The right wing’s newfound religion of protest, discontent, intolerance of government spending, disgust with excess taxation, etc., amuses me as an advocate of Constitutional adherence.
The reality is, Republican politicians and constituents have no leg on which to stand. Since 2000, Republican legislators failed to check the Republican president even once.
Unfortunately this is the case anytime one party controls the two elected branches since the turn of the 18th century. Politicians now execute the wishes of the party or the same-party president, not the people. That’s a trait of both parties, but it’s a problem for we, the people.
Nullification was believed and advocated by Thomas Jefferson and James Madison to be a fundamental state right under the 10th Amendment. They both identified Congressional acts not defined by the Constitution as null simply because Congress was given specific and restricted rights.
The immoral and illegal nature of presidents overstepping their Constitutional rights is only slightly less disgusting than the indifference shown repeatedly by Congress in not enforcing their Constitutional responsibilities.
Secession is another potential scenario for states’ rights on the horizon. The following is a situation that screamed for nullification and threats of secession. Here’s how it could have played out:
Oct. 24, 2001, in America’s most demonstrative display of legislative stupidity, Congress approved the Patriot Act 357-66. Not to be outdone in a game of “anything you can do, I can do dumber,” the Senate passed the Act not 24-hours later by a vote of 96-1. No one read it before voting.
Realizing the federal government has repeatedly violated the contract (the Constitution) between Washington D.C. and the states of the union, governors around the nation ordered their Attorneys General to review their legal options under the umbrella of states’ rights.
Five states — Massachusetts, Vermont, Illinois, Oregon and Michigan — still bitter from the 2000 general election, concluded nullification was their right under the Constitution and promptly declared the Patriot Act null within their borders.
Confident from a 90 percent approval rating, President Bush reiterated his message to the terrorists of the world, “If you’re not with us, you’re against us.” He issued warning orders to and attempted activation of the National Guard in all five states. Left and right wing extremists, just waiting for the opportunity to exercise their Second Amendment rights, armed in preparation for the coming fight.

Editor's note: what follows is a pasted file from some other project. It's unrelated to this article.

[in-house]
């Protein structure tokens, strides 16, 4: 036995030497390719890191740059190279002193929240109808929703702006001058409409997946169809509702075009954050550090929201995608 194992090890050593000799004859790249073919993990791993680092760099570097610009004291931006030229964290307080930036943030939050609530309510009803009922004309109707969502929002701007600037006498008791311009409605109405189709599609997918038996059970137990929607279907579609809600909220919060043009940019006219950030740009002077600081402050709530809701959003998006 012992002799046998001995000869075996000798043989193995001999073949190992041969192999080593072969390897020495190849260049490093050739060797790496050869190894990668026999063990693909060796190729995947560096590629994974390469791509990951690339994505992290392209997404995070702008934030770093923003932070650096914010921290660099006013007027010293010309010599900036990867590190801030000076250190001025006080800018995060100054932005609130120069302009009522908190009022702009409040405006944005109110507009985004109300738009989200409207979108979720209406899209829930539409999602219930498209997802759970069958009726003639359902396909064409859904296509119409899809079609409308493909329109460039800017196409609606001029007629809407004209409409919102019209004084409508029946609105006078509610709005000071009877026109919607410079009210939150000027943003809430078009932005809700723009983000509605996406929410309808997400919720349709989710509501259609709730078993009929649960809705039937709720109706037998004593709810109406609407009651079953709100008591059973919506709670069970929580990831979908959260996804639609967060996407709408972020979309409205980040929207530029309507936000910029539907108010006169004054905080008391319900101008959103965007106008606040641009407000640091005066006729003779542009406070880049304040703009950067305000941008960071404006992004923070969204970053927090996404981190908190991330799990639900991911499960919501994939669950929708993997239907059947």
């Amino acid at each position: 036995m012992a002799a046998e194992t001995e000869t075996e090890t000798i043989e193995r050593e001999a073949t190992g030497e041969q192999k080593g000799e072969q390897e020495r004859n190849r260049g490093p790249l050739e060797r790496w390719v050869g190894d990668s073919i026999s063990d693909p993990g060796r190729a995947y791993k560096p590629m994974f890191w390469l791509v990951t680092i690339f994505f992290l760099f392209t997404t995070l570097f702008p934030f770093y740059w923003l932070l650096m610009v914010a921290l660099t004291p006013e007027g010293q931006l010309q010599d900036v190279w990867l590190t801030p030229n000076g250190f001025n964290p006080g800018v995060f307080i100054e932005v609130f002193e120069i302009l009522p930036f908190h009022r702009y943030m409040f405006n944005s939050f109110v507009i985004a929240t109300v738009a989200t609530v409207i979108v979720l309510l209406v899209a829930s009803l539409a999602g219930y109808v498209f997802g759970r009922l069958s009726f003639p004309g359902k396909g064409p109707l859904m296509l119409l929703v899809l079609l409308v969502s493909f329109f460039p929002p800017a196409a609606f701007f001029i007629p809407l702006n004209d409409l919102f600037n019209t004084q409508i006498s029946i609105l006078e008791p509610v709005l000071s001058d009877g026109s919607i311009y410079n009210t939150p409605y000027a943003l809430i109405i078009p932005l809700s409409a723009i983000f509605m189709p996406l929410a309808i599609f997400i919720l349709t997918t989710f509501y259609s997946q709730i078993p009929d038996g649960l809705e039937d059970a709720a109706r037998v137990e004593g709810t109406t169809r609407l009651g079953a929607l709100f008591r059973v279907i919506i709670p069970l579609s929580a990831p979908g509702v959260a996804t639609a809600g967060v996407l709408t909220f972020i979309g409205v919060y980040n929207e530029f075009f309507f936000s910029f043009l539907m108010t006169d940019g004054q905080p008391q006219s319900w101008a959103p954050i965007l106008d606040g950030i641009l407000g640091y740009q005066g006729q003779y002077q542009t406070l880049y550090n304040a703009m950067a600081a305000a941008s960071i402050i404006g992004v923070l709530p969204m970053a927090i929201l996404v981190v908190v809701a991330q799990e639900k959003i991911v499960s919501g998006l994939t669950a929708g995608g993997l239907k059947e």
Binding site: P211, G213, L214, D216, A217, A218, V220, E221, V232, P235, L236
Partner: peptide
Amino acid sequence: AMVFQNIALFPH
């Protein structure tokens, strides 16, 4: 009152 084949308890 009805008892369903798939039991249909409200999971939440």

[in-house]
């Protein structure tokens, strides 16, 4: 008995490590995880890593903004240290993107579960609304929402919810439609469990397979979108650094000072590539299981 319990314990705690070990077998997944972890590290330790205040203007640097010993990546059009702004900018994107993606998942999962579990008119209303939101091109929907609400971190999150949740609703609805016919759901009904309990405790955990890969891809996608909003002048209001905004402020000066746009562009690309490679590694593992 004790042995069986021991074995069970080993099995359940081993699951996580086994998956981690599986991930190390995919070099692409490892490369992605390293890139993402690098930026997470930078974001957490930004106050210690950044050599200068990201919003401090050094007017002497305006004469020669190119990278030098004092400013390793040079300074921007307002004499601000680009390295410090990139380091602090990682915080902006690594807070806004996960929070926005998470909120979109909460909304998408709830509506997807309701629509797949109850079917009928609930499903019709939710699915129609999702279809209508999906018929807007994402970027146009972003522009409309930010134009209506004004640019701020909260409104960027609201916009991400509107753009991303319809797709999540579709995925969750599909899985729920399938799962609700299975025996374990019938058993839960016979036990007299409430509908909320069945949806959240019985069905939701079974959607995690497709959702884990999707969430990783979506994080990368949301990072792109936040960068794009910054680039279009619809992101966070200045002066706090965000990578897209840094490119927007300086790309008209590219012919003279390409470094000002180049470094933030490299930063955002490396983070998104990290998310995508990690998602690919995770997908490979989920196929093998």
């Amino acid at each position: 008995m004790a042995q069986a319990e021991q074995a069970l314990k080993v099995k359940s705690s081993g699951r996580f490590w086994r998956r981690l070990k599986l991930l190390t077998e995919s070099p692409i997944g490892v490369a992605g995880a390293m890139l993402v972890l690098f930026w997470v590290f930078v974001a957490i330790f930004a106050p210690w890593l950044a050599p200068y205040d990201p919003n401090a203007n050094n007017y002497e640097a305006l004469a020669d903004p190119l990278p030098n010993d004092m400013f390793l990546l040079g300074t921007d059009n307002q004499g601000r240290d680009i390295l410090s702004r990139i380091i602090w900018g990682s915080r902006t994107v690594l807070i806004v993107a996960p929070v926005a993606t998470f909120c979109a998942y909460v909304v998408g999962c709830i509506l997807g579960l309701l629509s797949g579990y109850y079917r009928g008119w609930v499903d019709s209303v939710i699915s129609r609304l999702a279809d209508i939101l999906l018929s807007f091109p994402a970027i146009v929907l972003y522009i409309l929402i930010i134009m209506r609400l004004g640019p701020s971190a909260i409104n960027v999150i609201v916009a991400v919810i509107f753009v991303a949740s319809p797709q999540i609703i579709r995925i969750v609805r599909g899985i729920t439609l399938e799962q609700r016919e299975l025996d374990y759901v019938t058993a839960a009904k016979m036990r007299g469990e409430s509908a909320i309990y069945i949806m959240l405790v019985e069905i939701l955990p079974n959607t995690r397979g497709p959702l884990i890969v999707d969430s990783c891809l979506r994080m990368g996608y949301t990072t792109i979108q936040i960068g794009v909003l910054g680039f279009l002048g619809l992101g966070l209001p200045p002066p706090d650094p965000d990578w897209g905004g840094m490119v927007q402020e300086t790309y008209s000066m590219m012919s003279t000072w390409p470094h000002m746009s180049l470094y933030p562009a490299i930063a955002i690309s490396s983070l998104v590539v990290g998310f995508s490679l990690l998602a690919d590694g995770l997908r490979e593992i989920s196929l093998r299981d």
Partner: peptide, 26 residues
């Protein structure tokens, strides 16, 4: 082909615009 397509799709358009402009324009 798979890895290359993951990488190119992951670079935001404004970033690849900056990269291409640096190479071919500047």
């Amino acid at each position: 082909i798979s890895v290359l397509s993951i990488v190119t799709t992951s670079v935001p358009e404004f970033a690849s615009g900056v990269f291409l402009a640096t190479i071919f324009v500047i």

Just imagine where this could go from here. (See: War of Northern Aggression)
The tragedy is that our educational system is funded by these children of privilege. As a result, we’ve forgotten the basic facts behind secession. Our country was founded by secessionists. You can’t get around that fact.
Obama-loyalists counter discussion of secession, reminding us that as bad as things got with the last president, secession wasn’t discussed.
Would you remain silent in a bad relationship because it wasn’t as bad as your worst relationship?
I retired from the Air Force a year ago after 11 years. The oath I took begins, “will support and defend the Constitution of the United States against all enemies, foreign and domestic.”
The biggest enemies to the Constitution have been domestic since 1815, and they hold elected office.
The Constitution was intentionally written for literal interpretation. Unfortunately, we keep electing attorneys, a group typically unwilling to limit interpretations that don’t provide a means for their agenda.
America must put the Constitution ahead of politics. If we vote for those who will return us to Constitutional guidelines, we may avoid great loss, but if we continue to vote for the misguided paths of Republican and Democrat, some of us will pay with our lives and all of us will pay with our freedom.
Enjoy your summer, CSU. You are witnessing a time of turmoil unseen between our shores in over 200 years. No matter what happens over the summer and beyond, remember Jefferson’s words, “That government is best which governs the least, because its people discipline themselves.”
Seth J. Stern is a junior journalism and sociology major and a political science minor. His tirade appears Fridays in the Collegian. Send comments, criticism, vilification, or scorn to firstname.lastname@example.org.